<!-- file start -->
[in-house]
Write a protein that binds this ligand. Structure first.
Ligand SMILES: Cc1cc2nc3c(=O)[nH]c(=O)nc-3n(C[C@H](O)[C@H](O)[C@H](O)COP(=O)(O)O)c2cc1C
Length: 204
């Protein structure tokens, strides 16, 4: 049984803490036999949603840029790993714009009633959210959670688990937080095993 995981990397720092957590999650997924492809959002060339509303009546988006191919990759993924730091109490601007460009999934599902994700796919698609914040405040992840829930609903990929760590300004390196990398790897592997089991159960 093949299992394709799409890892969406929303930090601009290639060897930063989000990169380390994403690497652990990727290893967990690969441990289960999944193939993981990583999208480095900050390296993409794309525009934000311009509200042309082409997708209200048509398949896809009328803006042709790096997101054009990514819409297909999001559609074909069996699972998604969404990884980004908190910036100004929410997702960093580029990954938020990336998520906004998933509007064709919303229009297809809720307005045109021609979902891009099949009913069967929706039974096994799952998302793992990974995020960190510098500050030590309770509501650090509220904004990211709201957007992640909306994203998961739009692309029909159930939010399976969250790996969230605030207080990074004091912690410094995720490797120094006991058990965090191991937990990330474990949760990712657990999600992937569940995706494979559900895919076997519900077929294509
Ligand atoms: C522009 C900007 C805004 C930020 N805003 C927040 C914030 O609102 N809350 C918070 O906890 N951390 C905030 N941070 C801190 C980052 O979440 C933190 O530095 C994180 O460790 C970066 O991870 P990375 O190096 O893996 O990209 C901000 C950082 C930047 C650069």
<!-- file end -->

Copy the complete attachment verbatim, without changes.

[in-house]
Write a protein that binds this ligand. Structure first.
Ligand SMILES: Cc1cc2nc3c(=O)[nH]c(=O)nc-3n(C[C@H](O)[C@H](O)[C@H](O)COP(=O)(O)O)c2cc1C
Length: 204
């Protein structure tokens, strides 16, 4: 049984803490036999949603840029790993714009009633959210959670688990937080095993 995981990397720092957590999650997924492809959002060339509303009546988006191919990759993924730091109490601007460009999934599902994700796919698609914040405040992840829930609903990929760590300004390196990398790897592997089991159960 093949299992394709799409890892969406929303930090601009290639060897930063989000990169380390994403690497652990990727290893967990690969441990289960999944193939993981990583999208480095900050390296993409794309525009934000311009509200042309082409997708209200048509398949896809009328803006042709790096997101054009990514819409297909999001559609074909069996699972998604969404990884980004908190910036100004929410997702960093580029990954938020990336998520906004998933509007064709919303229009297809809720307005045109021609979902891009099949009913069967929706039974096994799952998302793992990974995020960190510098500050030590309770509501650090509220904004990211709201957007992640909306994203998961739009692309029909159930939010399976969250790996969230605030207080990074004091912690410094995720490797120094006991058990965090191991937990990330474990949760990712657990999600992937569940995706494979559900895919076997519900077929294509
Ligand atoms: C522009 C900007 C805004 C930020 N805003 C927040 C914030 O609102 N809350 C918070 O906890 N951390 C905030 N941070 C801190 C980052 O979440 C933190 O530095 C994180 O460790 C970066 O991870 P990375 O190096 O893996 O990209 C901000 C950082 C930047 C650069």